Photo of the Week – March 3, 2011

 Katydids are a diverse group of species – about 243 different species reside in the U.S. and Canada.  We have about the same number of katydid species as we do grasshopper species in our Platte River Prairies, but grasshoppers tend to grab a lot more attention.  In fact, katydids are often called “long-horned grasshoppers”, though they’re actually much more closely related to crickets than grasshoppers.  Katydids are often difficult to see because of their camouflaged appearance, but it’s impossible not to hear the distinctive songs they make by rubbing their front legs together – especially in late summer. 

Katydid on false sunflower. Sarpy County, Nebraska.

In the above photo, you can see the tympana on the katydid’s front leg – right below its “elbow”.  The tympana is the hearing organ katydids and crickets use to hear the songs of others of their kind.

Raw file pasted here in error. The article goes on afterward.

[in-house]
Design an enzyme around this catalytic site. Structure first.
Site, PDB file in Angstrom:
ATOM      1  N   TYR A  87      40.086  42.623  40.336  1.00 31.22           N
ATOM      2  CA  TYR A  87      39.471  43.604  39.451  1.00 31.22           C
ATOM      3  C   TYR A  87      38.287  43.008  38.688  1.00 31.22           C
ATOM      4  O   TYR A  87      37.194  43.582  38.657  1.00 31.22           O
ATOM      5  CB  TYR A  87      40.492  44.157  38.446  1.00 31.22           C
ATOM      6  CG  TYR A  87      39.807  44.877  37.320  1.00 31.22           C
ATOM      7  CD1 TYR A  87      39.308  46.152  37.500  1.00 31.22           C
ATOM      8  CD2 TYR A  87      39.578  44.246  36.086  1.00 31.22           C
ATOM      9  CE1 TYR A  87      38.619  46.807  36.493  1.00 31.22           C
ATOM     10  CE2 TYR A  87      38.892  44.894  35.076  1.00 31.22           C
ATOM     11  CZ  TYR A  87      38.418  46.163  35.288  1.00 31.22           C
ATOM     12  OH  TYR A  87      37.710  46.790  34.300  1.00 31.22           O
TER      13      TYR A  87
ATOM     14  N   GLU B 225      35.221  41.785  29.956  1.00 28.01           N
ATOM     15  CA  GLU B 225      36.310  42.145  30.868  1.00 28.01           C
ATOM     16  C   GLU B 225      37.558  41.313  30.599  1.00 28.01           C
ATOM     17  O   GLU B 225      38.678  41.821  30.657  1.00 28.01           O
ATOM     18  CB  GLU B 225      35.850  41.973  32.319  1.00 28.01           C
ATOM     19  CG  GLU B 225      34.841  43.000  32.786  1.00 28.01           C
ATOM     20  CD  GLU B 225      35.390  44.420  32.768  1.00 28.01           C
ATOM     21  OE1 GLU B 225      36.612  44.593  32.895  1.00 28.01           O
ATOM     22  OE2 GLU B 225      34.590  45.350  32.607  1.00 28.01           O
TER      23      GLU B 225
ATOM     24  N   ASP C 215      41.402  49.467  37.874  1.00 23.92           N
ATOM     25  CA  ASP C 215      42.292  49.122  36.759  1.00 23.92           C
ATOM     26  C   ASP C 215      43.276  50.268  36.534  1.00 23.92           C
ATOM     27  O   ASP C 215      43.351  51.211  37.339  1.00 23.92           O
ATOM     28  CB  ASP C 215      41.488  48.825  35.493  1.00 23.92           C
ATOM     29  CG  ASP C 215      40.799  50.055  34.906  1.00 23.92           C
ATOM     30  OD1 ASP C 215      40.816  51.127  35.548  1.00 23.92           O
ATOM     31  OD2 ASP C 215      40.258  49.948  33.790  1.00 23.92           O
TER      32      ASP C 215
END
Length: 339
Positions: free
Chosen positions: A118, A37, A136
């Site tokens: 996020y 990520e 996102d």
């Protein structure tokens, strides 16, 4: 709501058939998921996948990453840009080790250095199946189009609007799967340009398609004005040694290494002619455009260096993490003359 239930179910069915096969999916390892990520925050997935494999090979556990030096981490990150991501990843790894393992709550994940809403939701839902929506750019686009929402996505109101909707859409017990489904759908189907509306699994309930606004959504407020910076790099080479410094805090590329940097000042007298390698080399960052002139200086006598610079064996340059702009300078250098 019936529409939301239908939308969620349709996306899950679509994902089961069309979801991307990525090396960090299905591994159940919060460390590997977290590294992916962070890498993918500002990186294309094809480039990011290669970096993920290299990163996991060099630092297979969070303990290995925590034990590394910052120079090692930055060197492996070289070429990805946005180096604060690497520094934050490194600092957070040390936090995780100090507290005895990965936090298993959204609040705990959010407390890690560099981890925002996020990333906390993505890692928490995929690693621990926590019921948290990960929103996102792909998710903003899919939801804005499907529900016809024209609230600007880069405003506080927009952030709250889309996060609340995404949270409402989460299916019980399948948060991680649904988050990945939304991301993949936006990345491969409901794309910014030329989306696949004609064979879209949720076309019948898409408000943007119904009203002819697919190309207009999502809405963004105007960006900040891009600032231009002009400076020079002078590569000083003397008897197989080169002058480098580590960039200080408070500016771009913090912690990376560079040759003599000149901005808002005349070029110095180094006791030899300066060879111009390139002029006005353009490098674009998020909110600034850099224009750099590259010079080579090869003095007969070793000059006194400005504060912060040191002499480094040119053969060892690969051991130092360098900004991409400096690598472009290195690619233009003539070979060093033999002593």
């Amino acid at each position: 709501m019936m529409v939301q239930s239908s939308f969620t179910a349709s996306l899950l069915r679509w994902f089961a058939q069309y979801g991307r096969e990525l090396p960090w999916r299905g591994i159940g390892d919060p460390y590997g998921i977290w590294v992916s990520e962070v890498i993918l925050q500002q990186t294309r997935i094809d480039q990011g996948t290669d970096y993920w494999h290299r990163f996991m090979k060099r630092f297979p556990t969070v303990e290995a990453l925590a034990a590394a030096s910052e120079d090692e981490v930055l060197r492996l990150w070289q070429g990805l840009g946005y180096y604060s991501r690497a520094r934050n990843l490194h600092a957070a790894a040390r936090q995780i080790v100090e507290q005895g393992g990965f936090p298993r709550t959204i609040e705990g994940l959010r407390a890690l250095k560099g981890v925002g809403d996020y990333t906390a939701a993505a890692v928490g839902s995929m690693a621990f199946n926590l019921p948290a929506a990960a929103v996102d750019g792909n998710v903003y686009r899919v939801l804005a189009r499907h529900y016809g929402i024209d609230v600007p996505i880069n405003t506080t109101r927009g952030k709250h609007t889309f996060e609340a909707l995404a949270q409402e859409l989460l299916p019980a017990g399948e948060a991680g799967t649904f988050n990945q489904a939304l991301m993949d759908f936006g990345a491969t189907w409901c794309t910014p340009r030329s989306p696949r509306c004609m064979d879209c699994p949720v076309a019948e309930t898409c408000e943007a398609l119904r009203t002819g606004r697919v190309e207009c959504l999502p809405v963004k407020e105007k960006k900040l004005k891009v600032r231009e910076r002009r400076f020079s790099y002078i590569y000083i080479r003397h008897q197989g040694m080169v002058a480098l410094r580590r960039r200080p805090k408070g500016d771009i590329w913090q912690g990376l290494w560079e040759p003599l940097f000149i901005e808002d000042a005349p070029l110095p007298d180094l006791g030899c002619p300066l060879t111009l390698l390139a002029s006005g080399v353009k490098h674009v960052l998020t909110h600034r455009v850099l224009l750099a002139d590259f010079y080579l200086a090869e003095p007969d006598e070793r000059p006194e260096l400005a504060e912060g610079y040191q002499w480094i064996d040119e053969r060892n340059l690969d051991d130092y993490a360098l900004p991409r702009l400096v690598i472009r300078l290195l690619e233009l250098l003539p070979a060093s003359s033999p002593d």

Telling grasshoppers and katydids apart is usually as easy as looking at the antennae (see below).  Grasshoppers have short antennae – much less than the length of their bodies.  Katydids have very long antennae that usually exceed their body length.

A grasshopper showing off its short antennae.

A katydid nymph (hence the short wings) with its long antennae - long enough I didn't capture their entire length in the photo.